The Federal Government released the Insurance Contracts Amendment (Unfair Terms) Bill 2013 (Amendment Bill) which amends the Insurance Contracts Act 1984 (Cth) (ICA) to provide protection for consumers against unfair contract terms in respect of standard form general insurance contracts. The Amendment Bill follows in the footsteps of the Insurance Contracts Amendment Bill 2013 (Cth). Our alert on that Bill can be found here.

The Amendment Bill largely replicates the unfair contracts regime contained in the Australian Securities and Investments Commission Act 2001 (ASIC Act) that applies to financial products and services. Until now, general insurance products have been carved out from the operation of any other Commonwealth, State or Territory Act that provides relief in the form of judicial review of unfair contract terms through the exemption contained in ICA s 15. This exemption extended to exclude the application of subdivision BA of the ASIC Act, which regulates unfair contractual terms in consumer financial products and services. Comment on this draft Bill was closed for public comment on 31 May 2013.

Application of the Amendment Bill

The Amendment Bill applies to “standard form consumer contracts” of general insurance only. The regime will not be applicable to life insurance products. A “standard form consumer contract” of general insurance is defined in the Amendment Bill as a contract where “at least one of the parties to which is an individual whose acquisition of what is supplied under the contract is wholly or predominantly an acquisition for personal, domestic or household use or consumption.” There is a presumption that a contract will be a standard form contract of general insurance, unless otherwise proven. In determining whether the requirement of “standard form consumer contract” is satisfied, the Court must consider:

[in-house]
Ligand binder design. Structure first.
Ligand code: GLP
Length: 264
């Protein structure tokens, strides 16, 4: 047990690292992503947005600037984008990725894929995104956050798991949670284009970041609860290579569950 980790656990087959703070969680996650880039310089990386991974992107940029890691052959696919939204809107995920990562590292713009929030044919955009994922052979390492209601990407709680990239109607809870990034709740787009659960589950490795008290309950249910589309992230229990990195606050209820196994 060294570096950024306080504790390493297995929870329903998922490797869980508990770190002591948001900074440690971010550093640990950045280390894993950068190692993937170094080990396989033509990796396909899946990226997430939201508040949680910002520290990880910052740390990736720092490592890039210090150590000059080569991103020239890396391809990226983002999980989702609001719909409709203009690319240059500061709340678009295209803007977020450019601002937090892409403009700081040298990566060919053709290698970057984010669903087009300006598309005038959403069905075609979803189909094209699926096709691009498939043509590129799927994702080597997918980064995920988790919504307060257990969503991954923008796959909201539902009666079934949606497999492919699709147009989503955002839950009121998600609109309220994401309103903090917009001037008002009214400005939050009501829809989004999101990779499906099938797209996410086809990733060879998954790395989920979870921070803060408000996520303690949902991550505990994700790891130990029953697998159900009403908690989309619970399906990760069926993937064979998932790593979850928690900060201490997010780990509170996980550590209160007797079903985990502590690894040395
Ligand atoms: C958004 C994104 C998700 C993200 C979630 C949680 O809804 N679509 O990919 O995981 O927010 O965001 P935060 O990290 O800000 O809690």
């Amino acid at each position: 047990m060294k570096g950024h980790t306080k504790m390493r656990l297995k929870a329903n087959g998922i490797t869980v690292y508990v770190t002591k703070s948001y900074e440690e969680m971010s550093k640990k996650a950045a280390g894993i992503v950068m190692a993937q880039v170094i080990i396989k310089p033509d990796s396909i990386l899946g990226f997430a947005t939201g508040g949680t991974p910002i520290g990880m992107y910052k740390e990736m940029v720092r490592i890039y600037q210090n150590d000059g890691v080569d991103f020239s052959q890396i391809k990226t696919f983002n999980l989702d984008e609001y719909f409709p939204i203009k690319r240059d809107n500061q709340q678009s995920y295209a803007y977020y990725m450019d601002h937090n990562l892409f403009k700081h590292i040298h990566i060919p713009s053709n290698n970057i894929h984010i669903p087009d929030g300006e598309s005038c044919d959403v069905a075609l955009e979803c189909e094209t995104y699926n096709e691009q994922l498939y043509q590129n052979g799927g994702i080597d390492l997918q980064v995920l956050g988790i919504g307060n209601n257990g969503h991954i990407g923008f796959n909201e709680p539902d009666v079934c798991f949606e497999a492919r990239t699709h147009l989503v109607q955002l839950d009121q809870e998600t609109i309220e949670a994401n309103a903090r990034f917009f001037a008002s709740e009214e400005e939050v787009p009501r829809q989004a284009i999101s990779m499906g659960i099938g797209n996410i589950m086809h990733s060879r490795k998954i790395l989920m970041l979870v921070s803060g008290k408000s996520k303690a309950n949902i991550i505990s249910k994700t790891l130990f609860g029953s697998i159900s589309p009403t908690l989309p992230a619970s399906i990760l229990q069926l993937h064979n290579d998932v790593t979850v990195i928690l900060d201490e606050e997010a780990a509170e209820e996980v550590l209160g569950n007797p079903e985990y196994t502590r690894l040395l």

1. the respective bargaining power of the parties;
  2. whether the contract was prepared by one party before any discussion relating to the transaction occurred between the parties;
  3. whether a party was required to accept the terms to gain cover;
  4. the degree of negotiation between the parties; and
  5. whether the contract takes into account the specific characteristics of the insured or the particular transaction.

The Amendment Bill further provides that in order to administer the new unfair contract terms, ASIC will have equivalent enforcement and investigation powers to those it currently has under the ASIC Act. The changes introduced by the Amendment Bill will commence 12 months after receiving Royal Assent.

Defining ‘unfair’

Under the proposed regime, a term of a standard form consumer contract of general insurance will be unfair if:

  1. it would cause significant imbalance in the parties’ rights and obligations arising under the contract;
  2. the insurer cannot prove that the term is reasonably necessary in order to protect the legitimate interests of the party who would be advantaged by the term; and
  3. it would cause detriment (whether financial or otherwise) to a party if it were to be applied or relied upon.

In determining whether a term is unfair, a court may take into consideration any matters that it deems relevant but it must take into account the extent to which the term is transparent. Transparency will be determined on the basis of whether a term is: expressed in reasonably plain language; legible; presented clearly and readily available to the party affected by the term; and consistent with the contract as a whole. It will be presumed that a term of a consumer contract is not reasonably necessary in order to protect the legitimate interests of the party advantaged by the term, unless that party proves otherwise.

An insurer will be taken to have proved that a term is reasonably necessary to protect their legitimate interests if they prove that the term reflects the underwriting risk accepted by the insurer. This concept is not defined, but presumably refers to a term that is significant to the nature and the price of the risk that is being underwritten in the policy or, rather, is the subject matter of the risk itself. This may mandate that insurers consider the evidence they can rely upon to adequately demonstrate that the term contained in the policy is necessary to underwriting the risk assumed.